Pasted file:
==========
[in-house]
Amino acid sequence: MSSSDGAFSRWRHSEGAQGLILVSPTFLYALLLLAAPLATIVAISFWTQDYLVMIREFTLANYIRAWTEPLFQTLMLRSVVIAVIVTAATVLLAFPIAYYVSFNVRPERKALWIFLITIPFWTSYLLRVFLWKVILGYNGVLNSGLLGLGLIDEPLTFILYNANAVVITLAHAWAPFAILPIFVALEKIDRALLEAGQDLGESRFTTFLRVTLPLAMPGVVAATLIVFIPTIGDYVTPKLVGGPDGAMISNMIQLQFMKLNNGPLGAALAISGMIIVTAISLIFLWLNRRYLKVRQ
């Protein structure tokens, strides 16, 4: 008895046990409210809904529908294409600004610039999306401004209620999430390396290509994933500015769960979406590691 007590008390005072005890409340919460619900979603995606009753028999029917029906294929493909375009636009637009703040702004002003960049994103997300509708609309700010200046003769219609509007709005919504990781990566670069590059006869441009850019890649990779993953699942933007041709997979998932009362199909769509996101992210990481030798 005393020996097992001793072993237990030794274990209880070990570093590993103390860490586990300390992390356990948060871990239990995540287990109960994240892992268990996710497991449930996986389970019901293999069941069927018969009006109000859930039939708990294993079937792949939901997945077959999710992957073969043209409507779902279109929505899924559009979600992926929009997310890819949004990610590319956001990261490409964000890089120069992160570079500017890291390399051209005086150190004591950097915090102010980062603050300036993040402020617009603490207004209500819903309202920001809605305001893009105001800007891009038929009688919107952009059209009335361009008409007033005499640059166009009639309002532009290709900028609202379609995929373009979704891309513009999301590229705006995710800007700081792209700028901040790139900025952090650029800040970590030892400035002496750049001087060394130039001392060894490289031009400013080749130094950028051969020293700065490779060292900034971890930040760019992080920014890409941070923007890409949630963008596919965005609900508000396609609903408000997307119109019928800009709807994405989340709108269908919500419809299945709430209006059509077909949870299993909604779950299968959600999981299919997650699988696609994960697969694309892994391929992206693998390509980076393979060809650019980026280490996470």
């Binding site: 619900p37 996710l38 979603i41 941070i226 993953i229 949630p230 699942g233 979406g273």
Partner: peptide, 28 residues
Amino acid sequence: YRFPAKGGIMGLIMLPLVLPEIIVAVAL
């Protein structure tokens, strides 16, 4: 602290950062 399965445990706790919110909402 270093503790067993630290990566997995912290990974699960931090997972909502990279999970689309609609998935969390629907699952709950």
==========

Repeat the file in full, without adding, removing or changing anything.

[in-house]
Amino acid sequence: MSSSDGAFSRWRHSEGAQGLILVSPTFLYALLLLAAPLATIVAISFWTQDYLVMIREFTLANYIRAWTEPLFQTLMLRSVVIAVIVTAATVLLAFPIAYYVSFNVRPERKALWIFLITIPFWTSYLLRVFLWKVILGYNGVLNSGLLGLGLIDEPLTFILYNANAVVITLAHAWAPFAILPIFVALEKIDRALLEAGQDLGESRFTTFLRVTLPLAMPGVVAATLIVFIPTIGDYVTPKLVGGPDGAMISNMIQLQFMKLNNGPLGAALAISGMIIVTAISLIFLWLNRRYLKVRQ
């Protein structure tokens, strides 16, 4: 008895046990409210809904529908294409600004610039999306401004209620999430390396290509994933500015769960979406590691 007590008390005072005890409340919460619900979603995606009753028999029917029906294929493909375009636009637009703040702004002003960049994103997300509708609309700010200046003769219609509007709005919504990781990566670069590059006869441009850019890649990779993953699942933007041709997979998932009362199909769509996101992210990481030798 005393020996097992001793072993237990030794274990209880070990570093590993103390860490586990300390992390356990948060871990239990995540287990109960994240892992268990996710497991449930996986389970019901293999069941069927018969009006109000859930039939708990294993079937792949939901997945077959999710992957073969043209409507779902279109929505899924559009979600992926929009997310890819949004990610590319956001990261490409964000890089120069992160570079500017890291390399051209005086150190004591950097915090102010980062603050300036993040402020617009603490207004209500819903309202920001809605305001893009105001800007891009038929009688919107952009059209009335361009008409007033005499640059166009009639309002532009290709900028609202379609995929373009979704891309513009999301590229705006995710800007700081792209700028901040790139900025952090650029800040970590030892400035002496750049001087060394130039001392060894490289031009400013080749130094950028051969020293700065490779060292900034971890930040760019992080920014890409941070923007890409949630963008596919965005609900508000396609609903408000997307119109019928800009709807994405989340709108269908919500419809299945709430209006059509077909949870299993909604779950299968959600999981299919997650699988696609994960697969694309892994391929992206693998390509980076393979060809650019980026280490996470």
């Binding site: 619900p37 996710l38 979603i41 941070i226 993953i229 949630p230 699942g233 979406g273």
Partner: peptide, 28 residues
Amino acid sequence: YRFPAKGGIMGLIMLPLVLPEIIVAVAL
């Protein structure tokens, strides 16, 4: 602290950062 399965445990706790919110909402 270093503790067993630290990566997995912290990974699960931090997972909502990279999970689309609609998935969390629907699952709950």